Thursday, April 1, 2010

Angels, ever bright and fair: Theodora at the Athens Megaron

By DerWanderer

On March 13, at the Trianti Hall of the Athens Megaron, we had the opportunity of enjoying a single performance of Handel’s well known but quite rarely presented oratorio “Theodora” (HWV 68), in a semi/fully (!) staged production, directed by Paris Mexis and conducted by Greece’s new wunderkind George Petrou and his fine and acclaimed equipe of singers.

Mo. Petrou was not conducting “his” Orchestra of Patras, but Megaron’s own “Camerata”, in one of its first attempts to play period instruments (and it seems that this good ensemble will continue to invest in this direction).

The event had created high expectations, especially after the Petrou-Antonacci-Kunde triumphant performances of Gluck’s Alceste in October 2009 and the new and truly impressive recording of Giulio Cesare that MDG has recently released to international acclaim.

For the occasion, Petrou has asked 3 of the singers of this recording to tackle the 3 principal parts of Theodora:
Italian soprano Emanuela Galli, Swedish mezzo Kristina Hammarström (listen to Hammarström in "Quel torrente che cade" from the Cesare recording) and Greek mezzo Irini Karaianni took up the parts of christian martyr Theodora, her lover, the brave Didymus, and Theodora’s companion Irene respectively. The cast also included tenor Jason Darnell as the passive Septimius and baritone Yannis Yanissis as the cruel roman governor Valens. The Mixed Municipal Chorus of Athens, under the direction of Stavros Beris, took up the choral parts.

To be honest, the oratorio, although much appreciated by expert Haendelians, is not one of my favourites, although its english libretto’s plot (the story of an antiochian christian aristocratic girl who, because of her faith, is condemned to serve as a prostitute in the army barracks of the cruel governor and who is joined in martyrdom by her, equally christian, lover, the soldier Didymus) is quite interesting and not as religious as one might expect. The characters, although as stereotyped as baroque conventions command, are remarkably etched, the many arias and the few duets and choruses have variety and pathos of operatic nature and the music is consistently inspiring, if not consistently overwhelming.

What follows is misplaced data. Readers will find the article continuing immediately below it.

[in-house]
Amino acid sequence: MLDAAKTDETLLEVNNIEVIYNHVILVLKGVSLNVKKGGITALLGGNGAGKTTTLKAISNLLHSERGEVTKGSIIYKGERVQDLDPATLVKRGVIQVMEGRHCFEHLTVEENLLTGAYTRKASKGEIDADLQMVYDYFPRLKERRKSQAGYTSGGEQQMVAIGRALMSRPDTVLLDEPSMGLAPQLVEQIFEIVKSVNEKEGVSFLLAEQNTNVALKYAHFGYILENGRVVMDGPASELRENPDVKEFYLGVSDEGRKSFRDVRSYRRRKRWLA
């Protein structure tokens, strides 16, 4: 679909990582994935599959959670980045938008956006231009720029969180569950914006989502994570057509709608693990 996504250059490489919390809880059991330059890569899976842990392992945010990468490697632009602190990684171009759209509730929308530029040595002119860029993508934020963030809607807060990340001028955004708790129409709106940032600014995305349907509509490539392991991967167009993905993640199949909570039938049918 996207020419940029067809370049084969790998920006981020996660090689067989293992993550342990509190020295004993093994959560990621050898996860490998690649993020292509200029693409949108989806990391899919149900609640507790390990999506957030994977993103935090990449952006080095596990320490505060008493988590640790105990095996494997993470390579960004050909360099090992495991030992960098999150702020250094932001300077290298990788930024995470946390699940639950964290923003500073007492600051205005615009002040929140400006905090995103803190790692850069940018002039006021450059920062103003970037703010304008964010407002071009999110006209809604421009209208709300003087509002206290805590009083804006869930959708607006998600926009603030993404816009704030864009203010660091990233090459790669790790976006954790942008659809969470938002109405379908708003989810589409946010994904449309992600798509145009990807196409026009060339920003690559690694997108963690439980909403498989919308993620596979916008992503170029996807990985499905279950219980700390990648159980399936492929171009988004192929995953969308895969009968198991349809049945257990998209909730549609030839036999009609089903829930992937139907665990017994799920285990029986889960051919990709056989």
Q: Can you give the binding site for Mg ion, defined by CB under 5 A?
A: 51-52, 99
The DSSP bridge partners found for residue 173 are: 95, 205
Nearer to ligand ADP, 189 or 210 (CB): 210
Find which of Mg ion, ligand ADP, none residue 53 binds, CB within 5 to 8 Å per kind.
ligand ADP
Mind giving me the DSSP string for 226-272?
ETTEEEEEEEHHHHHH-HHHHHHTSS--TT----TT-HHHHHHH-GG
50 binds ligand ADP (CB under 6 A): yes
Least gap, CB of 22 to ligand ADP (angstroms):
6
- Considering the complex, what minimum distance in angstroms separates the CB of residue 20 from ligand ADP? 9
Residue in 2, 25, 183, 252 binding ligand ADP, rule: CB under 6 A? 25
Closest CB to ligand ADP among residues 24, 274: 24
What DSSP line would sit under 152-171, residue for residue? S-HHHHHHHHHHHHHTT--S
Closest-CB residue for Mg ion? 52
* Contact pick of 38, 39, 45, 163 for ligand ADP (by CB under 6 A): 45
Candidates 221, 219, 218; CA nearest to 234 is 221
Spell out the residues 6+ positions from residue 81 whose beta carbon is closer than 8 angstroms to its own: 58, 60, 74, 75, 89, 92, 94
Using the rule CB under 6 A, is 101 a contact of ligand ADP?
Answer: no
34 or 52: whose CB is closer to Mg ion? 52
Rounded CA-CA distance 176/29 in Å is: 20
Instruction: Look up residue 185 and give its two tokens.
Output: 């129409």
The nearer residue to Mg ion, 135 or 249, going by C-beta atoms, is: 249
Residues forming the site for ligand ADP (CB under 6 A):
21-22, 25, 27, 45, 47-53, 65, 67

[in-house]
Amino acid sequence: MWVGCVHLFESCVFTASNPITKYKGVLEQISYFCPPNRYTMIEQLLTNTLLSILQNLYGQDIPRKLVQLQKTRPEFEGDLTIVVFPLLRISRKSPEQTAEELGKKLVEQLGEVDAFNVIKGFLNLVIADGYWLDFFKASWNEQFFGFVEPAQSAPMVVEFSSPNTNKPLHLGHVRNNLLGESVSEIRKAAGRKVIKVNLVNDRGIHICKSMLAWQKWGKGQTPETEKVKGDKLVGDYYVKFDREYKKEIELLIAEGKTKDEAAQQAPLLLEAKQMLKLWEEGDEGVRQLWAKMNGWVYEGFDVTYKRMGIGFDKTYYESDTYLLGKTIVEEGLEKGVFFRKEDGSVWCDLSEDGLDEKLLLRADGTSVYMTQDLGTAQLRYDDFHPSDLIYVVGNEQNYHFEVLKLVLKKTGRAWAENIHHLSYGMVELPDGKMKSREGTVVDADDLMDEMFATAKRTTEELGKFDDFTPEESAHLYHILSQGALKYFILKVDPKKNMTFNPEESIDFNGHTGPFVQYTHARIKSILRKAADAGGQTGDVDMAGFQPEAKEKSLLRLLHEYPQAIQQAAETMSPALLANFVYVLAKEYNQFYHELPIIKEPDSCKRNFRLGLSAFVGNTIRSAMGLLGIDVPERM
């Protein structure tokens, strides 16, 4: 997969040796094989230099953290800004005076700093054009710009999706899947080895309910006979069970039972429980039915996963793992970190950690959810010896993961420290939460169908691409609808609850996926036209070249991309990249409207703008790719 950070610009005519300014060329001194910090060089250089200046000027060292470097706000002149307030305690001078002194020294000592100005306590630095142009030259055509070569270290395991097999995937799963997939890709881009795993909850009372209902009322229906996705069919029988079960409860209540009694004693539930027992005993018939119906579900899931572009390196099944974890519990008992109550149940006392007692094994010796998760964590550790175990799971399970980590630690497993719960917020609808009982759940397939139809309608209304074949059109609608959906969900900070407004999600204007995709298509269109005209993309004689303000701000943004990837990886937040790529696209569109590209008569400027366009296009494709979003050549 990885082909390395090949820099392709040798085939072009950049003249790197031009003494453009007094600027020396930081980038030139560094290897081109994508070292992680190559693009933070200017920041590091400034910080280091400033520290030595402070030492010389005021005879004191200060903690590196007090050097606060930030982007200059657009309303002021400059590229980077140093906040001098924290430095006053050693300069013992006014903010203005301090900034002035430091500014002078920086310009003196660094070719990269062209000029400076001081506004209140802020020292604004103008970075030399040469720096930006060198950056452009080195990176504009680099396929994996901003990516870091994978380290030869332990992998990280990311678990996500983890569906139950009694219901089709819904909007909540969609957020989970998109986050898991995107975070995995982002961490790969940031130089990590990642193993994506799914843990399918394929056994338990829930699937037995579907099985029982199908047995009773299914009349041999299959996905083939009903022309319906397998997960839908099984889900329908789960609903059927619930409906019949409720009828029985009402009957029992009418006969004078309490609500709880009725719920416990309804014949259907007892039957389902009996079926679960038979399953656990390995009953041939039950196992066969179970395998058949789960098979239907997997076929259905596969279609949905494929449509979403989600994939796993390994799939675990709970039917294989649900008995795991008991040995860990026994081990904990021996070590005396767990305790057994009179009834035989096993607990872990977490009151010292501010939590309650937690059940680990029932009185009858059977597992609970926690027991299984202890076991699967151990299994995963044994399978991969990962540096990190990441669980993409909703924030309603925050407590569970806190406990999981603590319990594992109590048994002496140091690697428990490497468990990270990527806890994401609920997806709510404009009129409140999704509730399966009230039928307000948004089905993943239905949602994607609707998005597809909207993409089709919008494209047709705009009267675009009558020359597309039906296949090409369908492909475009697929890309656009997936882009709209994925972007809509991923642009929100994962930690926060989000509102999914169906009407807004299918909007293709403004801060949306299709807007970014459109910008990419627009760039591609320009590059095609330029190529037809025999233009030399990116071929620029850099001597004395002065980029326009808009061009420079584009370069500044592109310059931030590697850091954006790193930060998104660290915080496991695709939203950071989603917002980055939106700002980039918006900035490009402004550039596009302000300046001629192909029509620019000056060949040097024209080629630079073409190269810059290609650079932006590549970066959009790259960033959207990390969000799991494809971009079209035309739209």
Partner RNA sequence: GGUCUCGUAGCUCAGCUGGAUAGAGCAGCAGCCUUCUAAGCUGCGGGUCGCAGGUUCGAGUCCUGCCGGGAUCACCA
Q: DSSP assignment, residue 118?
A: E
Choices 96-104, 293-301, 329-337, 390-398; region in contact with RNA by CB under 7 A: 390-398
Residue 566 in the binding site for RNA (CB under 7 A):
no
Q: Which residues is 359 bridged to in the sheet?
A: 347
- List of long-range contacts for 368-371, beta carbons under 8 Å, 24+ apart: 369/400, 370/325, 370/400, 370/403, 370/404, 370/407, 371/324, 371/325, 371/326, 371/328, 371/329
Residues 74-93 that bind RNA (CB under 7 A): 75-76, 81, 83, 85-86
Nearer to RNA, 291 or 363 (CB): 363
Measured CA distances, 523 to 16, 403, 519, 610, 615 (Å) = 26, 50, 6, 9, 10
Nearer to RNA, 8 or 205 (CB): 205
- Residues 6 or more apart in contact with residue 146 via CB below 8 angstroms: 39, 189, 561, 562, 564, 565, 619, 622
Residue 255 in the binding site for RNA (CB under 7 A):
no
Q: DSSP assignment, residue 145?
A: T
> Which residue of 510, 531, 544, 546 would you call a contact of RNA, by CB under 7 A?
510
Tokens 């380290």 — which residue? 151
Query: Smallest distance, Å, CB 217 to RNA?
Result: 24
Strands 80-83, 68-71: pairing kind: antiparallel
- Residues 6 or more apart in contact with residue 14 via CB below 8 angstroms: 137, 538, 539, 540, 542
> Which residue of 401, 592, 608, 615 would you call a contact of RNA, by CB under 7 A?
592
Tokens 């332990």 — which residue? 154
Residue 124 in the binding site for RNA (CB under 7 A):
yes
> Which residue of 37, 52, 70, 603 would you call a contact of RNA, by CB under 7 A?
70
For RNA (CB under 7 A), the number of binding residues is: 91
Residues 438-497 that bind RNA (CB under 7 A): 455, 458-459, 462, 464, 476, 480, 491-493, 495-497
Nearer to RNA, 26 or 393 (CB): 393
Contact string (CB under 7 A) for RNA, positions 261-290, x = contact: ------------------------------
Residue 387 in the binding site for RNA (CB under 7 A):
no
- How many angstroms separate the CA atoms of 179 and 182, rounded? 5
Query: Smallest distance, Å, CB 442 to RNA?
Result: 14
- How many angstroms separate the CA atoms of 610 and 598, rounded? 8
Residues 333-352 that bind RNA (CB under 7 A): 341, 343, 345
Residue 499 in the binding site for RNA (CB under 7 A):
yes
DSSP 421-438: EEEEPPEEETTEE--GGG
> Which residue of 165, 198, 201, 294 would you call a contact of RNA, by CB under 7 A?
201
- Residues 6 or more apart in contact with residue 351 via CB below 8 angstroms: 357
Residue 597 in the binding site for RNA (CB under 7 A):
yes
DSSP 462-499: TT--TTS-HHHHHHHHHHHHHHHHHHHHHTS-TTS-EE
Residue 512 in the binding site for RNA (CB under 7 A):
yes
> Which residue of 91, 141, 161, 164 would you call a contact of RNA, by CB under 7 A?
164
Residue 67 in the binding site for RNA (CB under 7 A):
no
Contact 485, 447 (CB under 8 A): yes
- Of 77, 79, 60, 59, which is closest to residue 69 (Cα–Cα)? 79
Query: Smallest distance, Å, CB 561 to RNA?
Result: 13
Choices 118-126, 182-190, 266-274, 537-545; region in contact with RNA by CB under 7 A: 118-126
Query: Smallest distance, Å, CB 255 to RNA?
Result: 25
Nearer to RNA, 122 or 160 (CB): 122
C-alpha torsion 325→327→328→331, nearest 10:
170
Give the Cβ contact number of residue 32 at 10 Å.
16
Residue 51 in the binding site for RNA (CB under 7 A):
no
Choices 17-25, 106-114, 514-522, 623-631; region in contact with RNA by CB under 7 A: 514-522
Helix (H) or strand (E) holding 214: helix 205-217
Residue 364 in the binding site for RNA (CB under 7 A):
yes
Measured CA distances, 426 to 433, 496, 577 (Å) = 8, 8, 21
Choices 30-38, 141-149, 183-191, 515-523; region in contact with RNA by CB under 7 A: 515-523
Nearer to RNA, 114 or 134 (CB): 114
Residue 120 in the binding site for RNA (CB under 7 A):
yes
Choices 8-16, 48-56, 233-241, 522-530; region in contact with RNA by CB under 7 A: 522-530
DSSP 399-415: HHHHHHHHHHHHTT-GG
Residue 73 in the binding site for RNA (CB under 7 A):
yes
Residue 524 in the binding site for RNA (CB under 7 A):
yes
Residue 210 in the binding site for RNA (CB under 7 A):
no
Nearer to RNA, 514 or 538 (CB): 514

We have been told that the production, as the whole country indeed, had suffered very severe budget limitations. This is the reason that keeps me from deriding completely the mise en scène, uninspired, poorly made and quite ridiculous in conception and effects. I am certainly NOT asking for “traditional” approaches, but to be honest, I can’t help laughing when I see the christian bigot Theodora in a silky negligée and a breathtaking black collant, in her cell, waiting to be raped by the whole guard, while her friends are dressed as balkanic housemaids and the roman soldiers in full dinner jacket, using, instead of swords, their ...podiums as weapons. Passons. Suffice to say that the visual aspect, including the puerile projections on a screen, was NOT as intrusive as to prevent us from fully enjoying the musical treasures of the night. And there were many.

The leading female trio was, to put it mildly, EXCELLENT AND ADMIRABLE, throughout. I will not highlight this or that, her or her: all three have voices, techniques, trills and dramatic instincts to please even the most demanding listener and they were, truly, members of an obviously well trained and inspiring ensemble. It was obvious that Petrou and his team are HARD workers and the triumphs and prizes they collect worldwide are not stolen. The men were not really on the same level, although Darnell’s Septimius was touching and quite accurate and Yanissis, lacking a truly convincing voice in this repertoire, had the cruelty and the fugue that his part was asking from him.